Dr. Lu Gang is the founder and chief editor of the indispensable TechNode.com, China’s leading tech website, with news on apps, startups, funding rounds, acquisitions, product releases, and much more. He has also founded his own startup kuukie.com and the tech awards ChinaBang. He took the time to talk to Business Tianjin about his passion for tech, industry ecosystems, and following his heart.


What led you to study at the University of Sheffield? What did you think of the city and the UK as a whole?

We need three years to finish an MSc degree in a Chinese university, which I felt would take too long. So I quit university in China and went to the UK because an MSc requires only one year of study there. I did a BSc and an MSc in Electronic and Electrical Engineering, and a PhD in Computer Science specializing on wireless communications. The Electronic and Electrical Engineering department of Sheffield University used to be the best in the UK, so that’s why I chose to study there. I still miss the UK very much, especially the peaceful life there and the blue skies in summertime. But its pace of life is rather slow, better for retirement than for a career.

What inspired you to start Mobinode/Technode? What were your sources of information at the time?

My PhD research topic was wireless ad hoc networks in which every node (object) with an antenna is described as a Mobile Node. Therefore when I set up my blog, I called it MobiNode, to suggest “Mobile Node”. When I started, I had almost no direct sources. If I heard of any interesting startup/service, I would find its website and try to email any contact address listed on the sites asking for an interview.

What is/was kuukie.com, and what is the story behind it?

Kuukie was a customized online printing service. Users could just upload their own photo or image on the website, choose the product (business cards, postcards and so on) then place the order and have it delivered within three days. Kuukie’s idea was originally from a company in UK, where at that time lots of startups used it to print business cards. I found it quite interesting, so set up kuukie.com basically wanting to copy the model across to China.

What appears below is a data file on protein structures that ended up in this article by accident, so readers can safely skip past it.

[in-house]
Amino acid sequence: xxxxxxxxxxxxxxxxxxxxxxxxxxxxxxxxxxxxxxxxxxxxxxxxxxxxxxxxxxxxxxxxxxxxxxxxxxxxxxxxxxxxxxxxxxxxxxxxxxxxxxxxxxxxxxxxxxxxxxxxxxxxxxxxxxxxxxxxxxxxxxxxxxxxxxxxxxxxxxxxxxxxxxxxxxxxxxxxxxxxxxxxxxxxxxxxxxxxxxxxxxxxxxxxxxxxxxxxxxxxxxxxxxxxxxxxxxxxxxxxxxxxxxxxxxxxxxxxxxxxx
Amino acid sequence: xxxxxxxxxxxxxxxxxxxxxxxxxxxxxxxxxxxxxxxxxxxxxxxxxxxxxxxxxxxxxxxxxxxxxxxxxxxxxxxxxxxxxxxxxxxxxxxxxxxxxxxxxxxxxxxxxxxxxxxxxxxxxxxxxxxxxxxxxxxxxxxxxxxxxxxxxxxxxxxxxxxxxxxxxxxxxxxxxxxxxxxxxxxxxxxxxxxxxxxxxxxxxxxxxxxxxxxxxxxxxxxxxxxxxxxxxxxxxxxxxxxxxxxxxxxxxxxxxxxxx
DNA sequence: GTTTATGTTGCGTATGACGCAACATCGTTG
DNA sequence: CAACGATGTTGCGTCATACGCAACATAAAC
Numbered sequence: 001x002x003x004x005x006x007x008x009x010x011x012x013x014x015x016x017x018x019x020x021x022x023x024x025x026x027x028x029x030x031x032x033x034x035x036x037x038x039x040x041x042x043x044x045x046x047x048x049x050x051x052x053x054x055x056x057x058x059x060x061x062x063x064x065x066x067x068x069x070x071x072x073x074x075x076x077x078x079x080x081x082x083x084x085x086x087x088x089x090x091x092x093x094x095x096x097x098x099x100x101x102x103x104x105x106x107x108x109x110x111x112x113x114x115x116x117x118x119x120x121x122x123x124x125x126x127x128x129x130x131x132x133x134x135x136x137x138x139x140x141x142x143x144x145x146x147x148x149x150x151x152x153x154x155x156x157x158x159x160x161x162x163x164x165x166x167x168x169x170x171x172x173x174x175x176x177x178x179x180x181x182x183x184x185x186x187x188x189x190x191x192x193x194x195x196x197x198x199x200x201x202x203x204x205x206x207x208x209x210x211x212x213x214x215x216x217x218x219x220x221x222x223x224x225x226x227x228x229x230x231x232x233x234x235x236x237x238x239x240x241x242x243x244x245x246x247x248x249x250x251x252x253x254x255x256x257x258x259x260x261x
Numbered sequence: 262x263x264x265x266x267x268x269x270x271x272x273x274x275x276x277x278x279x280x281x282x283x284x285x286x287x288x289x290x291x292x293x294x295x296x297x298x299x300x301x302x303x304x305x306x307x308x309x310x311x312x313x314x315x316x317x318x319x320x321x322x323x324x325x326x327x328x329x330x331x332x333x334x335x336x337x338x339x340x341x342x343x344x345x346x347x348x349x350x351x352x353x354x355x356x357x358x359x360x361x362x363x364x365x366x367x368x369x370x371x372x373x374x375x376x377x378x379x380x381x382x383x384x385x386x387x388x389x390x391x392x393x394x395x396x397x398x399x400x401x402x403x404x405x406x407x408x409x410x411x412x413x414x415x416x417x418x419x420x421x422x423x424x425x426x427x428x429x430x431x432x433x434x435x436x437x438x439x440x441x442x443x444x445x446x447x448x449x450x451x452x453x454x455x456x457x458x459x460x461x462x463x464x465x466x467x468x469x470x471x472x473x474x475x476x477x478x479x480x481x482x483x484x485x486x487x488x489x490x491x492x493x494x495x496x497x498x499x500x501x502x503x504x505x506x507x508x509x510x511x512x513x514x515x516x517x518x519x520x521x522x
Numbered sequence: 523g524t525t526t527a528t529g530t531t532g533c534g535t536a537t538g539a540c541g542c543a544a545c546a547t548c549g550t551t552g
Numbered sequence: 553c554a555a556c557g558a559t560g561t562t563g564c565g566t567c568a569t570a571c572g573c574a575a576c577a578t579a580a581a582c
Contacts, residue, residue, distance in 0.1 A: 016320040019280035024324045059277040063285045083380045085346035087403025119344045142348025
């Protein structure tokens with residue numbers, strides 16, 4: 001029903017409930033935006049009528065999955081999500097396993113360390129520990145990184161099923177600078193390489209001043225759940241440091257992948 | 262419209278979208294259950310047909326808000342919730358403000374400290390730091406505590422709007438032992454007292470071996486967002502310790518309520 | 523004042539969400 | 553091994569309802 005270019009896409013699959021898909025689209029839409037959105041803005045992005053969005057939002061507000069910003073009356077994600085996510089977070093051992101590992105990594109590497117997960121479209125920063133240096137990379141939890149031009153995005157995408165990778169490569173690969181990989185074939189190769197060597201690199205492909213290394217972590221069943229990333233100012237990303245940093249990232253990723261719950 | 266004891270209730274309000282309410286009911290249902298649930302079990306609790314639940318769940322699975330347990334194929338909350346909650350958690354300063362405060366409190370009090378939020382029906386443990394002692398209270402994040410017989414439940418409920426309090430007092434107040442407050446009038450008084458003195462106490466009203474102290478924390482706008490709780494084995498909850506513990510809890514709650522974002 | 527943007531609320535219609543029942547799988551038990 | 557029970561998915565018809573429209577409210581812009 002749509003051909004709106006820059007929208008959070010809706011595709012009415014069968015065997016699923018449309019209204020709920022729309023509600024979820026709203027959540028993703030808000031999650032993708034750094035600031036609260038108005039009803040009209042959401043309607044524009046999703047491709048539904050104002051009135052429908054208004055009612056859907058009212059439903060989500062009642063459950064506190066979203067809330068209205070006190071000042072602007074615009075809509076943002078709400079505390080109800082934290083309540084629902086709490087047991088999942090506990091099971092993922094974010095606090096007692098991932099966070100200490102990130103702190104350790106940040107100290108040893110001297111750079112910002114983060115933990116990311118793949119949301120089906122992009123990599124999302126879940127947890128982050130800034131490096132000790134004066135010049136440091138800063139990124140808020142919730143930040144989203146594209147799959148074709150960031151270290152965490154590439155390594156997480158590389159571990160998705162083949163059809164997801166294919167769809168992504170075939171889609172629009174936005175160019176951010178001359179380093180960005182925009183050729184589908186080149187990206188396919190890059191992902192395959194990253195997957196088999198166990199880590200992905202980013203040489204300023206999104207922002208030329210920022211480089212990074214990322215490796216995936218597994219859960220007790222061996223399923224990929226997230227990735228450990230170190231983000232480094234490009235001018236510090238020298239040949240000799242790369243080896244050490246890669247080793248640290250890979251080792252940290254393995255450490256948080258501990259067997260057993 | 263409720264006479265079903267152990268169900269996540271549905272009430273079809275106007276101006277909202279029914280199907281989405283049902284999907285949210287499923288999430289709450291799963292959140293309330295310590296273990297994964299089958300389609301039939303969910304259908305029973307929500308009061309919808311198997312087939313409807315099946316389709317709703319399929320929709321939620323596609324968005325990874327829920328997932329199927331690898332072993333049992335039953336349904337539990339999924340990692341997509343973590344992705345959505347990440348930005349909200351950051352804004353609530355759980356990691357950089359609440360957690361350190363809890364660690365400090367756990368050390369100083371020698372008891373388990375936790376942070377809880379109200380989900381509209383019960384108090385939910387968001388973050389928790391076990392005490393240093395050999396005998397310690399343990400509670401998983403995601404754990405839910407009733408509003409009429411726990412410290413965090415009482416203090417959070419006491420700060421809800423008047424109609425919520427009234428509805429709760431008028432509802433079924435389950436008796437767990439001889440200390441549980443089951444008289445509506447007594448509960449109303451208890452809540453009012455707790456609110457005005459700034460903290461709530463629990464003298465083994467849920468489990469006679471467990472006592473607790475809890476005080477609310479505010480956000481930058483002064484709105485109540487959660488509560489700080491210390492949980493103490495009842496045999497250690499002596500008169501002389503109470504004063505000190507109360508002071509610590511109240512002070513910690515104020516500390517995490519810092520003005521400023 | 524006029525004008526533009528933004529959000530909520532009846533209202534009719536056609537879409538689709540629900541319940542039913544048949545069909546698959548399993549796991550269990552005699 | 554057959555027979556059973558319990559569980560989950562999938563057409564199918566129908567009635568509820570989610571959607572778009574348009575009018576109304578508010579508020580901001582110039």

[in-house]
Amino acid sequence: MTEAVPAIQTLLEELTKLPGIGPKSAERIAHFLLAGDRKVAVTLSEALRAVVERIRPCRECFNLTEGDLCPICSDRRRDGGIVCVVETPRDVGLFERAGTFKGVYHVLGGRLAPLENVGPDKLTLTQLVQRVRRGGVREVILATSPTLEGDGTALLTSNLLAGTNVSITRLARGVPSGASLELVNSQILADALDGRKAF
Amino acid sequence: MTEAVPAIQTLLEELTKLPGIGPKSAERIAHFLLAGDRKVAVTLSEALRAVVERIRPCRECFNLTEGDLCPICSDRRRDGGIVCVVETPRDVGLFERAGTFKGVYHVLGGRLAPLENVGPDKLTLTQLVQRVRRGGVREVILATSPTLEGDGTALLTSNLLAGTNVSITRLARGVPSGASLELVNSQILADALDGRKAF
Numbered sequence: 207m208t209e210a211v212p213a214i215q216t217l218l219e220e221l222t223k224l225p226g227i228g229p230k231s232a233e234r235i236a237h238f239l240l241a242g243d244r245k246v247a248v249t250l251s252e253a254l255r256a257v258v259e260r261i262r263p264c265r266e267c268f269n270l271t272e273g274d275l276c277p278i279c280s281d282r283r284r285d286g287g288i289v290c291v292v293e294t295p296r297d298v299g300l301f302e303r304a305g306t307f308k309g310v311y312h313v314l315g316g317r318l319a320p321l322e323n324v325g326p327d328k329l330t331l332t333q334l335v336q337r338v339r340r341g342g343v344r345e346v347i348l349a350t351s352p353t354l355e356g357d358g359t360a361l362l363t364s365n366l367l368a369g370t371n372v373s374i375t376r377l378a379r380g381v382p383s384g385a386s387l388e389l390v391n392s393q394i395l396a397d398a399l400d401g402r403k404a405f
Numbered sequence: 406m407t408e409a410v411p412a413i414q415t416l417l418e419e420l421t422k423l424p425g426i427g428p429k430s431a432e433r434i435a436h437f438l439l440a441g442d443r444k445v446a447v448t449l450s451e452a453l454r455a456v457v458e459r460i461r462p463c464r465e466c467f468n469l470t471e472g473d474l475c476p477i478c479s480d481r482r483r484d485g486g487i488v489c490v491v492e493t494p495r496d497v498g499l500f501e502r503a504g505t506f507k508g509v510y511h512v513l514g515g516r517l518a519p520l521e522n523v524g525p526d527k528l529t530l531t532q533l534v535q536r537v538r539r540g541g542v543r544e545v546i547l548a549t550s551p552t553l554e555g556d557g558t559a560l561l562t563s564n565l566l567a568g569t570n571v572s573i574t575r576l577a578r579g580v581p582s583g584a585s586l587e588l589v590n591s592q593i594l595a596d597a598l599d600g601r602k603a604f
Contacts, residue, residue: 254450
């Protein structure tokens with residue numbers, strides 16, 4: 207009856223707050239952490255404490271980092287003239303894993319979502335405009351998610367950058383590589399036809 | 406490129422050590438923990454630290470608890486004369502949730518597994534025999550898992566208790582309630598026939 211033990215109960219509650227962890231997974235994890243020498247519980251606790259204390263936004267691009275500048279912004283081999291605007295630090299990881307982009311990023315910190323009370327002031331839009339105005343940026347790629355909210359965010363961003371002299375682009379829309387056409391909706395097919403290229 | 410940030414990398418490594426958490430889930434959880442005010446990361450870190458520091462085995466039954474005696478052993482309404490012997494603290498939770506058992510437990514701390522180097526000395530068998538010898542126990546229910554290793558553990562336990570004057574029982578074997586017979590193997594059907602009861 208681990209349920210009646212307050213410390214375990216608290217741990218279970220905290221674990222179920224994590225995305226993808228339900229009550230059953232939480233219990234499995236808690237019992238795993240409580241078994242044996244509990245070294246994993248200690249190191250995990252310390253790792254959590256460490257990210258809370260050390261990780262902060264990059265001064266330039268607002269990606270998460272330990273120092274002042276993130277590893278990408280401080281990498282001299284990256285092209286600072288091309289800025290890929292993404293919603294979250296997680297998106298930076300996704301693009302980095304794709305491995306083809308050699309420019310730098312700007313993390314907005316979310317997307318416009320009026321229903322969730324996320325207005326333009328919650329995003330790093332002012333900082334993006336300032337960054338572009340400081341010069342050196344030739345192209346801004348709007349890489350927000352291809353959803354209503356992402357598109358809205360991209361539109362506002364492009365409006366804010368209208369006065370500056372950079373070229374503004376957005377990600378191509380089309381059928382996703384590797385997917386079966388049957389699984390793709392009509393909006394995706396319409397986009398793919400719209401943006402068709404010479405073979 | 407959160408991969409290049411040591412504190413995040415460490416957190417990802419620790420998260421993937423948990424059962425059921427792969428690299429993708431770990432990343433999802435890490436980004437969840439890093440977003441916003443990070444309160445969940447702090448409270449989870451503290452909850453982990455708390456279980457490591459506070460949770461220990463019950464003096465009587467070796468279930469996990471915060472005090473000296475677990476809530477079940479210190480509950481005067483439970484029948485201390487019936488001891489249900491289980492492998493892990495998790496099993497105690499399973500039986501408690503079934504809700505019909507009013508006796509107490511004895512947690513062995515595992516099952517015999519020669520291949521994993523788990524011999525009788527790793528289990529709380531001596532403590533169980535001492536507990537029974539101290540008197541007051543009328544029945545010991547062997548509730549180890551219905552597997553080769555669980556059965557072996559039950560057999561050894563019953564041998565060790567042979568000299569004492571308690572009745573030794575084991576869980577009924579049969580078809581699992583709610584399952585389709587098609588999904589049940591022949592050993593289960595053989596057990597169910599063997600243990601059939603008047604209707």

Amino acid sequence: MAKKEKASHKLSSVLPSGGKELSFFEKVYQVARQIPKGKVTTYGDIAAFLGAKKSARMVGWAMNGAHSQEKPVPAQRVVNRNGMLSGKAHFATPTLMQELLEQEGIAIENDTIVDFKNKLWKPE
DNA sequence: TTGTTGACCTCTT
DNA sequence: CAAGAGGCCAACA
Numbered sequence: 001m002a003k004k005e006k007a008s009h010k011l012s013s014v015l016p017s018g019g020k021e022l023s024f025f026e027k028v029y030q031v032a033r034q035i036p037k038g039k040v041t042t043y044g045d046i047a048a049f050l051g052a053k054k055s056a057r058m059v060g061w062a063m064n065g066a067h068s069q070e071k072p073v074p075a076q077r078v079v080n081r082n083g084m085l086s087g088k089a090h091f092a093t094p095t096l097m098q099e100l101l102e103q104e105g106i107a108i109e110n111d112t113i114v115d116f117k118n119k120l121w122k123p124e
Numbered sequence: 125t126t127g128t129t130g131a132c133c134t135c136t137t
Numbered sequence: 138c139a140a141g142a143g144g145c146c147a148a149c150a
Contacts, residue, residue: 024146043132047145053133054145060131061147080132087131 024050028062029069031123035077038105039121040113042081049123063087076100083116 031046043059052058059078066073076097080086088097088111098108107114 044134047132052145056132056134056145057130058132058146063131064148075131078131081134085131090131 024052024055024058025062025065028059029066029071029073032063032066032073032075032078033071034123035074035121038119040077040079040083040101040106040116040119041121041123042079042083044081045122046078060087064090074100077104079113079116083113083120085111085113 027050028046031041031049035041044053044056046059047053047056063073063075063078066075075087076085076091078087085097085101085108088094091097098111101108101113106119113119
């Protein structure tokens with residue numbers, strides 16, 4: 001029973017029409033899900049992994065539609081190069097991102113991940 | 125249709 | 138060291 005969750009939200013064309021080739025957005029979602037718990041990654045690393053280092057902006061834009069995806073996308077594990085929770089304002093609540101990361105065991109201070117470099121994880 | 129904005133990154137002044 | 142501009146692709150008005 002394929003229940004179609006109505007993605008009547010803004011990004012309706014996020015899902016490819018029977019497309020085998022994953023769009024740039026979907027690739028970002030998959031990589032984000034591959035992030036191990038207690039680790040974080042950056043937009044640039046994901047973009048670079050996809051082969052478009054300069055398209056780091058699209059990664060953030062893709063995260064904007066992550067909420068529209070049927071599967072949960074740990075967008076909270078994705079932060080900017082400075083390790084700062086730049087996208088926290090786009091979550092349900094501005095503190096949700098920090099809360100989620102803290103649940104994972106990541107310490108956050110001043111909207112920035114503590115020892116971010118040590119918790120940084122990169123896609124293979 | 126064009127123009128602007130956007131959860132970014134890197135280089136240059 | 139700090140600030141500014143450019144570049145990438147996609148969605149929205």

How would you describe the Beijing tech startup scene and culture? What help is out there for founders? How does it compare to Shenzhen, for example?

Beijing is the number one tech startup city in China. It has the most mature startup ecosystem, I would say, with media, startups, venture capital and government support. Beijing’s startups are very diverse, but most other cities have their own focus, like Shenzhen is on hardware, Hangzhou on ecommerce, and so on.

Can you describe the role and influence of venture capital on start-ups? Which VCs and incubators have the best records?

They are no doubt one of the most important driving forces for innovation. In China, money is not a big issue because hot money is everywhere, but startups need smart money which can not only bring financial support but also the knowledge, experience and resource to help them grow fast. In China, there are good ones, like Sequoia China, IDG, Gobi, Matrix and more besides.

What do you think of the domestic and international media coverage of the Chinese tech sector? Has it changed in recent years as Alibaba and others have gained international prominence?